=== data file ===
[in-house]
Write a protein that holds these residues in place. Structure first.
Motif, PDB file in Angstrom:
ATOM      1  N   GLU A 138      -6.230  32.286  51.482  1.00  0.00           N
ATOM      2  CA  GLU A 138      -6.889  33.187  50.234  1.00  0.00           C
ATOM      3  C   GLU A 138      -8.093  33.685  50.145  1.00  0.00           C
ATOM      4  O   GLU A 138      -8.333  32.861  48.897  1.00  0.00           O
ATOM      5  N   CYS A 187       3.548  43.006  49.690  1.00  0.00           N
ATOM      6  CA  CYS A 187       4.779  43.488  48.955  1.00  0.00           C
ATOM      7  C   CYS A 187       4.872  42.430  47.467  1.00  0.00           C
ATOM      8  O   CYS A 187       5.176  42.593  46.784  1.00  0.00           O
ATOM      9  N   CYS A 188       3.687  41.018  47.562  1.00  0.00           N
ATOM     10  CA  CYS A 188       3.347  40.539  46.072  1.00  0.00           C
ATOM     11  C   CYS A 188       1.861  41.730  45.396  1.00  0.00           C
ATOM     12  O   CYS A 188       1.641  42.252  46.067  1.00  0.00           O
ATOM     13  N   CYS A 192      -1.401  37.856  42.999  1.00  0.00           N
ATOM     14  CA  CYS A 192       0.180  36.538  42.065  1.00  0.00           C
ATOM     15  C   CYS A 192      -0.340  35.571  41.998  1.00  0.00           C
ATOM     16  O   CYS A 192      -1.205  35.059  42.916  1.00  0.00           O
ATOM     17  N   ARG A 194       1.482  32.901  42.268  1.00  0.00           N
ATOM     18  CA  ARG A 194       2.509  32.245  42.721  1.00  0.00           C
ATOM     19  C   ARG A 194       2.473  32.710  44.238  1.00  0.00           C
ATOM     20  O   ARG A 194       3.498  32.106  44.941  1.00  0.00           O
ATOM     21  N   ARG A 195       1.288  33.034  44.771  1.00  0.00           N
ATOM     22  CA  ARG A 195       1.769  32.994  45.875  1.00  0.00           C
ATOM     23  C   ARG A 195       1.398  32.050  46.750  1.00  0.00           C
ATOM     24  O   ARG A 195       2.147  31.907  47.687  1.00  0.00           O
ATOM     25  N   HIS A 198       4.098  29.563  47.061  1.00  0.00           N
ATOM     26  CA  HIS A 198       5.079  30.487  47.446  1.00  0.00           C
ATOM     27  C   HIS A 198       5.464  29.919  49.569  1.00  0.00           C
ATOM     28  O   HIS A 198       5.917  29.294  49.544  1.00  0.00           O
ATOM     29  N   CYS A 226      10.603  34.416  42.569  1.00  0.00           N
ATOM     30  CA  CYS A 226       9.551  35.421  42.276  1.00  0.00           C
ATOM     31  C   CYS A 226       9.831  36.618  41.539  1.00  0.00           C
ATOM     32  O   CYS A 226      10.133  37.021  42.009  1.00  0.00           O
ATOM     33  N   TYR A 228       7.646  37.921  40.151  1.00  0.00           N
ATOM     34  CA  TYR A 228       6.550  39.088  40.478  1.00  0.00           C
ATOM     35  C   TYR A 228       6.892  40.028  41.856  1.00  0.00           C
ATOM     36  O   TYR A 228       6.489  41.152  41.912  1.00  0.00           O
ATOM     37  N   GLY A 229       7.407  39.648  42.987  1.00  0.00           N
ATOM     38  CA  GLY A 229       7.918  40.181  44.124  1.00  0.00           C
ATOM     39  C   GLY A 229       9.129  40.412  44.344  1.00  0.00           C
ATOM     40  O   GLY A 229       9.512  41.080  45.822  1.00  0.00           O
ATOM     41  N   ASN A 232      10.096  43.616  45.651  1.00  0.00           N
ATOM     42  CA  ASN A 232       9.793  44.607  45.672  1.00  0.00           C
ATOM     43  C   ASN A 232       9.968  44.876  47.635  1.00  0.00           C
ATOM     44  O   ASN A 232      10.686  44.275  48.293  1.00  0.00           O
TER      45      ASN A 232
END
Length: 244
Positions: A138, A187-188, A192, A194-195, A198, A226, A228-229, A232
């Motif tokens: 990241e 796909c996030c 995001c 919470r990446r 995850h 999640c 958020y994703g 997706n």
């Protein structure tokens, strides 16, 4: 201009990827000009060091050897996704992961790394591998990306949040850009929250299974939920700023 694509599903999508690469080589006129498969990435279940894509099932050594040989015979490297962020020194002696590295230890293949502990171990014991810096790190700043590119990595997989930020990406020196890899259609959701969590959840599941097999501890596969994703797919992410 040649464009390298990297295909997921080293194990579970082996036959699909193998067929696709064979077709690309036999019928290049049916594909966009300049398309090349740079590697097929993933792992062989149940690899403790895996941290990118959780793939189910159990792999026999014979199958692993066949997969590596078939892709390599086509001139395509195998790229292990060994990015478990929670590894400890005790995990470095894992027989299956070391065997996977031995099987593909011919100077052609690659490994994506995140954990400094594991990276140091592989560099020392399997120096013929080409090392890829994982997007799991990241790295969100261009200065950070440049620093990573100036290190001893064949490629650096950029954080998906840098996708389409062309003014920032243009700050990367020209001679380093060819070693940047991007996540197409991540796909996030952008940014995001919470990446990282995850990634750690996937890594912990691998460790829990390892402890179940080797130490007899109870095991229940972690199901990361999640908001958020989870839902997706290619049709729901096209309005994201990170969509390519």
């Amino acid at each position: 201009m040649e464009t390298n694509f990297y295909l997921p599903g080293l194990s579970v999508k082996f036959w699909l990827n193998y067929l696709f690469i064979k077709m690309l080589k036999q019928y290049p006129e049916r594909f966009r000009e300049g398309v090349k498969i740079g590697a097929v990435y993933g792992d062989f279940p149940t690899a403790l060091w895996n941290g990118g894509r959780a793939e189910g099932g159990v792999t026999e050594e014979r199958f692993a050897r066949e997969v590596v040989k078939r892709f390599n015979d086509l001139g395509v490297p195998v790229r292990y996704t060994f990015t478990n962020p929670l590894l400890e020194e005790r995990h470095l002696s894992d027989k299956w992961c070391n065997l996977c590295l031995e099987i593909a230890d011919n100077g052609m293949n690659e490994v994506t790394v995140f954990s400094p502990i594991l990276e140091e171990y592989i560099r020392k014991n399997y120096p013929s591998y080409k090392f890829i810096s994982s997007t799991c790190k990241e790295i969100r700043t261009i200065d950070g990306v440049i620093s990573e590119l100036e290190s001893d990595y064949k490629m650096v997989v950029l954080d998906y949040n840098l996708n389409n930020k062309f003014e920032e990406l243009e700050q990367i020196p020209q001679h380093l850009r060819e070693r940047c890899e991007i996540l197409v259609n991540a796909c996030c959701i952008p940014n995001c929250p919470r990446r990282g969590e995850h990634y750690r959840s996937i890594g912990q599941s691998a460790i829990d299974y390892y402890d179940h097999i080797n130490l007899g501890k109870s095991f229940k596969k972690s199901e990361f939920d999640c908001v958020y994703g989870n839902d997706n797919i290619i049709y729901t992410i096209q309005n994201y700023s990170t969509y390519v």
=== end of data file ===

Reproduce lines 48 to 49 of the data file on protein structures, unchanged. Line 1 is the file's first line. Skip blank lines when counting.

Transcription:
TER      45      ASN A 232
END